Preventing Blood Clots

Blood clots can occur in the body in a different ways. A blood clot may occur inside the small veins that appear near the surface of the skin, causing localized redness and pain but few complications. Blood clots can also form inside larger, deeper veins, causing a condition called deep vein thrombosis. These blood clots can cause much more serious health problems, and, as such, it is important to take appropriate action to prevent their formation. Learn more about preventing blood clots and protect your ongoing health.


According to National Institutes of Health, research has shown that a simple aspirin may help prevent a life-threatening blood clot. A research group of 402 people that had suffered blood clots were given anticlotting drugs for a time. Some were then switched to aspirin, while others where switched to an inactive placebo. Those who started taking aspirin were found to have a 40 percent lower likelihood of further deep vein thrombosis.


If you are at risk, drugs called anticoagulants may be prescribed by your doctor to help prevent blood clotting. These drugs are also known as blood thinners, and they reduce the blood's ability to coagulate or form clots. According to the American Heart Association, common anticoagulants include dalteparin, enoxaparin, heparin, tinzaparin and warfarin. These drugs do not dissolve existing blood clots, however, and should only be taken when prescribed by a doctor.

Physical activity

The U.S. Department of Health & Human Services (HHS) points out that the way in which you carry out physical activities can help prevent a blood clot from forming. Your doctor will be able to recommend certain physical exercises, which will help, but how you conduct your daily life is also relevant. You should not stand or sit for more than one hour at a time, and you should try to move around regularly. If you are taking a long trip (in a car or plane, for example), ensure that you regularly change your position throughout the journey. At home, from time to time, raising your legs six inches above your heart will also improve your circulation.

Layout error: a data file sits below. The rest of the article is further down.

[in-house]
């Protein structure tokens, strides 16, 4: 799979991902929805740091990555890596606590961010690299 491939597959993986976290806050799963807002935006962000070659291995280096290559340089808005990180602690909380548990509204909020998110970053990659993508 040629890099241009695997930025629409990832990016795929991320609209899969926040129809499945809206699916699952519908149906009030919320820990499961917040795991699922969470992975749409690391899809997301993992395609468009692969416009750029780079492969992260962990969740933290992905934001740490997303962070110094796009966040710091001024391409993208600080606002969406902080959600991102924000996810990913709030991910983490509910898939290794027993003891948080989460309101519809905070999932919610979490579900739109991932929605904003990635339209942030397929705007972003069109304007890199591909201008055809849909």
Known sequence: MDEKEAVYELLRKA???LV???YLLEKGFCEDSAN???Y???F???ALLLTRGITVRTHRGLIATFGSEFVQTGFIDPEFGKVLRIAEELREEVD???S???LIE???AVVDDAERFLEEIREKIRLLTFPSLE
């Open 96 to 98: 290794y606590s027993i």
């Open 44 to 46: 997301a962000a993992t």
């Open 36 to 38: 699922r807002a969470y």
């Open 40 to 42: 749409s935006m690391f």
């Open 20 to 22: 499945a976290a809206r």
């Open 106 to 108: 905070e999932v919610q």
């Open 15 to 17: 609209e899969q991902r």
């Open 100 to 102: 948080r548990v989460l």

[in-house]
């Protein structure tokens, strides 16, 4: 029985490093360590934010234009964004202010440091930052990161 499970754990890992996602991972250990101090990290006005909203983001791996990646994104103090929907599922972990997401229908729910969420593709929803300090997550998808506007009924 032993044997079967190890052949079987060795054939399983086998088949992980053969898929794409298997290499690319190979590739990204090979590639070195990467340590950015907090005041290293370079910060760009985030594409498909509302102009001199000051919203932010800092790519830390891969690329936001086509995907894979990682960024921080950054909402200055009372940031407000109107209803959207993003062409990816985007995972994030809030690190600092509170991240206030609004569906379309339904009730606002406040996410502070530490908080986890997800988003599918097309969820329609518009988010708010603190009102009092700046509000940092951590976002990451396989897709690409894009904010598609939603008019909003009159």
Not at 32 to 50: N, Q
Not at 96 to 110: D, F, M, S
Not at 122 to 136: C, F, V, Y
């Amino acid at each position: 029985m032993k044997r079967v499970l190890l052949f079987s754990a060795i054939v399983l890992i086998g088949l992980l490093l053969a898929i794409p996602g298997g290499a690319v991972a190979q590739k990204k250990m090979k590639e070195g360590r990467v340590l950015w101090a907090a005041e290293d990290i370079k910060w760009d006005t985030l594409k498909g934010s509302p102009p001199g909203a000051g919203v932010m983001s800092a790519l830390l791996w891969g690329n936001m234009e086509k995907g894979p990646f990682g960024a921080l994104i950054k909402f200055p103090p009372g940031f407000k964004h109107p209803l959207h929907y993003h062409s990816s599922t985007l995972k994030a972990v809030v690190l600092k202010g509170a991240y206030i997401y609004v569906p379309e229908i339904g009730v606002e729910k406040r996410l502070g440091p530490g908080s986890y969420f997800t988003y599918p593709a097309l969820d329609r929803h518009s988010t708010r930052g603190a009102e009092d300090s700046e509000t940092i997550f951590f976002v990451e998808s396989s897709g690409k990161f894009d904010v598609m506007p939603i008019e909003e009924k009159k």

Clothing matters

What you wear is another factor that can help prevent the formation of blood clots, according to HHS. Wearing loose-fitting clothes, socks or stockings ensures that what you wear doesn't interfere with healthy circulation. Your doctor may also recommend a special type of stocking called a compression stocking. These work by applying pressure on the veins of the leg. This pressure is greatest at the ankle and decreases further up the leg. These stockings help with the natural pump mechanism of your leg muscles, which improves your circulation.

Changes in diet

Alterations in your diet also can help prevent blood clots. The University of Maryland Medical Center Web site states that preliminary studies have shown that consumption of ginger may reduce the risk of new blood clots forming. Similarly, garlic also seems to have blood-thinning properties. Fatty fish (such as tuna) contain omega-3 fatty acid, which can help prevent blood clotting. HHS also recommends reducing salt in the diet.

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